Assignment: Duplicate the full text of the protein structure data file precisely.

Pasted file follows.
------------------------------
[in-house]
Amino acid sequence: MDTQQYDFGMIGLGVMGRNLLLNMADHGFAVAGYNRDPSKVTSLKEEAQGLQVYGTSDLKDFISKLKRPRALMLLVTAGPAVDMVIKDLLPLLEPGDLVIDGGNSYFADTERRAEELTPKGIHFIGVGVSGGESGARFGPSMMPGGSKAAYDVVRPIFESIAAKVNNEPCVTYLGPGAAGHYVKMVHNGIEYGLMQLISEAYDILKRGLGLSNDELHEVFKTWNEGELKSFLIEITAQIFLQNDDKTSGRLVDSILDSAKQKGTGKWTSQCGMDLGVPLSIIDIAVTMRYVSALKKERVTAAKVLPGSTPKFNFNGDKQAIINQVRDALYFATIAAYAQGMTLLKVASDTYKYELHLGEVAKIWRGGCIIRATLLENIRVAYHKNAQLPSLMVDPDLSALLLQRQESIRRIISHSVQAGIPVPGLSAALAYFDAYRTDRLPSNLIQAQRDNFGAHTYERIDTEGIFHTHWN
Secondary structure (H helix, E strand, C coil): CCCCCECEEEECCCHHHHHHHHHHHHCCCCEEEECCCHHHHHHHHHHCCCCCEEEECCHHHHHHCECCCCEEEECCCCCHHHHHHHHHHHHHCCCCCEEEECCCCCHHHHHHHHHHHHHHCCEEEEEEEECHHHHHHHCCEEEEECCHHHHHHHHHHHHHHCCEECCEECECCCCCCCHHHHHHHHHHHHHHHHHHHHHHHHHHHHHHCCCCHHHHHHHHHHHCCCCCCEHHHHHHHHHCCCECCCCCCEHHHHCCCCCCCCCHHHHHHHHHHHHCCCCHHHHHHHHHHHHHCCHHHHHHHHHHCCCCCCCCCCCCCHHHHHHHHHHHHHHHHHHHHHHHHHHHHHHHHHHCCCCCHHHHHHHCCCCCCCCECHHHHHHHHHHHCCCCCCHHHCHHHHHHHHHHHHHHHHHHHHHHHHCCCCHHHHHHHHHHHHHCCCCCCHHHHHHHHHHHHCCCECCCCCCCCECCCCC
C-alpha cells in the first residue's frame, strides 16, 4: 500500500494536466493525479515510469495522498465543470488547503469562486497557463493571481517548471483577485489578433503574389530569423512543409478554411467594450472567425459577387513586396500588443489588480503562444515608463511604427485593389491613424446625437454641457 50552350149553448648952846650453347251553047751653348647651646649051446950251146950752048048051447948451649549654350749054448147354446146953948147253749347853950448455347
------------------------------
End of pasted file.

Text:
[in-house]
Amino acid sequence: MDTQQYDFGMIGLGVMGRNLLLNMADHGFAVAGYNRDPSKVTSLKEEAQGLQVYGTSDLKDFISKLKRPRALMLLVTAGPAVDMVIKDLLPLLEPGDLVIDGGNSYFADTERRAEELTPKGIHFIGVGVSGGESGARFGPSMMPGGSKAAYDVVRPIFESIAAKVNNEPCVTYLGPGAAGHYVKMVHNGIEYGLMQLISEAYDILKRGLGLSNDELHEVFKTWNEGELKSFLIEITAQIFLQNDDKTSGRLVDSILDSAKQKGTGKWTSQCGMDLGVPLSIIDIAVTMRYVSALKKERVTAAKVLPGSTPKFNFNGDKQAIINQVRDALYFATIAAYAQGMTLLKVASDTYKYELHLGEVAKIWRGGCIIRATLLENIRVAYHKNAQLPSLMVDPDLSALLLQRQESIRRIISHSVQAGIPVPGLSAALAYFDAYRTDRLPSNLIQAQRDNFGAHTYERIDTEGIFHTHWN
Secondary structure (H helix, E strand, C coil): CCCCCECEEEECCCHHHHHHHHHHHHCCCCEEEECCCHHHHHHHHHHCCCCCEEEECCHHHHHHCECCCCEEEECCCCCHHHHHHHHHHHHHCCCCCEEEECCCCCHHHHHHHHHHHHHHCCEEEEEEEECHHHHHHHCCEEEEECCHHHHHHHHHHHHHHCCEECCEECECCCCCCCHHHHHHHHHHHHHHHHHHHHHHHHHHHHHHCCCCHHHHHHHHHHHCCCCCCEHHHHHHHHHCCCECCCCCCEHHHHCCCCCCCCCHHHHHHHHHHHHCCCCHHHHHHHHHHHHHCCHHHHHHHHHHCCCCCCCCCCCCCHHHHHHHHHHHHHHHHHHHHHHHHHHHHHHHHHHCCCCCHHHHHHHCCCCCCCCECHHHHHHHHHHHCCCCCCHHHCHHHHHHHHHHHHHHHHHHHHHHHHCCCCHHHHHHHHHHHHHCCCCCCHHHHHHHHHHHHCCCECCCCCCCCECCCCC
C-alpha cells in the first residue's frame, strides 16, 4: 500500500494536466493525479515510469495522498465543470488547503469562486497557463493571481517548471483577485489578433503574389530569423512543409478554411467594450472567425459577387513586396500588443489588480503562444515608463511604427485593389491613424446625437454641457 50552350149553448648952846650453347251553047751653348647651646649051446950251146950752048048051447948451649549654350749054448147354446146953948147253749347853950448455347